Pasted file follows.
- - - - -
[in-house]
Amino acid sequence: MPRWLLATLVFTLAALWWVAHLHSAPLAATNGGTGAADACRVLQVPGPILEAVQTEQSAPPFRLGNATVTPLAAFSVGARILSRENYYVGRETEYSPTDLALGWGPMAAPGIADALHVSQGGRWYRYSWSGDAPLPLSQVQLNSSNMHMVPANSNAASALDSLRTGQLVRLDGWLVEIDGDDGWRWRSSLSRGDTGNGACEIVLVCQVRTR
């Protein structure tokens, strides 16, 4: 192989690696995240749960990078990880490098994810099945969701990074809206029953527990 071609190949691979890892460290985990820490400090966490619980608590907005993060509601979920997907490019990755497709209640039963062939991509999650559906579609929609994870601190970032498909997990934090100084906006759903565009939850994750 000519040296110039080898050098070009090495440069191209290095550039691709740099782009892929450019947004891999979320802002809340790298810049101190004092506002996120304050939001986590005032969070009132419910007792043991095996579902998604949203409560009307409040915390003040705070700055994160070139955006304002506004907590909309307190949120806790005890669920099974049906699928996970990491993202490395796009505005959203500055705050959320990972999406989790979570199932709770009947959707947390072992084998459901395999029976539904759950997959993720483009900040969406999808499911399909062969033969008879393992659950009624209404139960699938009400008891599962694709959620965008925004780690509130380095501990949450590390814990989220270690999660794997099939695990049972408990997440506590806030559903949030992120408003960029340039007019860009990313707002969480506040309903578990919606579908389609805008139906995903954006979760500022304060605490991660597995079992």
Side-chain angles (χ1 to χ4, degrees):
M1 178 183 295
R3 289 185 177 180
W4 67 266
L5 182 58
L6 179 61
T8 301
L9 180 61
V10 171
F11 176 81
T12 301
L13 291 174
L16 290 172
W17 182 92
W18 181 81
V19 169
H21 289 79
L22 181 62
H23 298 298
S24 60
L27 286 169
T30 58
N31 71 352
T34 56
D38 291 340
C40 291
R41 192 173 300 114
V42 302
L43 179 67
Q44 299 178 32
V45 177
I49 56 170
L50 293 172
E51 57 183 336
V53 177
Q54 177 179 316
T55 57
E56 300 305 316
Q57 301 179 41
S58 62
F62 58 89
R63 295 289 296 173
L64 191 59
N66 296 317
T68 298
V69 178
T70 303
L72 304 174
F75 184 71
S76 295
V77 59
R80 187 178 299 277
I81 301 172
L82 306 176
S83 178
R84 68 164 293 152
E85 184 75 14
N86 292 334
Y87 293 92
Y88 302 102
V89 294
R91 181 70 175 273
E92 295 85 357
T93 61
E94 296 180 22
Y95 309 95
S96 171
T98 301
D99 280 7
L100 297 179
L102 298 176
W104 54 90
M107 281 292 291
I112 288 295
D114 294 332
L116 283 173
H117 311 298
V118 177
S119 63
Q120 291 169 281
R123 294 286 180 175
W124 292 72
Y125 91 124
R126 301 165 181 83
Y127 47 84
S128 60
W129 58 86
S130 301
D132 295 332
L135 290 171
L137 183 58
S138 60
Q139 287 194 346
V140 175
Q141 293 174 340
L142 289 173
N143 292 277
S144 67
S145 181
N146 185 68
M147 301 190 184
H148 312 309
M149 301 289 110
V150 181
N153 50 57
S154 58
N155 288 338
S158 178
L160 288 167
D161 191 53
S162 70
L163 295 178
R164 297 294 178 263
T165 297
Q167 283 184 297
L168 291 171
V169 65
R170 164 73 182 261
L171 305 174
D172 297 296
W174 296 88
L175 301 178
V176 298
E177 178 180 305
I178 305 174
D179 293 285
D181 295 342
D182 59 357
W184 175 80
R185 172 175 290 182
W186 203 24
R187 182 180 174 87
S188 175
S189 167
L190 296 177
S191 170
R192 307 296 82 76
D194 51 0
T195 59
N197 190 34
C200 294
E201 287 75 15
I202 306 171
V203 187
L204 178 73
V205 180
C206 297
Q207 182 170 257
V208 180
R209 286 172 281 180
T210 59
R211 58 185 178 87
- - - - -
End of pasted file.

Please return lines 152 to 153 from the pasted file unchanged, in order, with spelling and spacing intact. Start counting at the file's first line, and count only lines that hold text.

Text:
V208 180
R209 286 172 281 180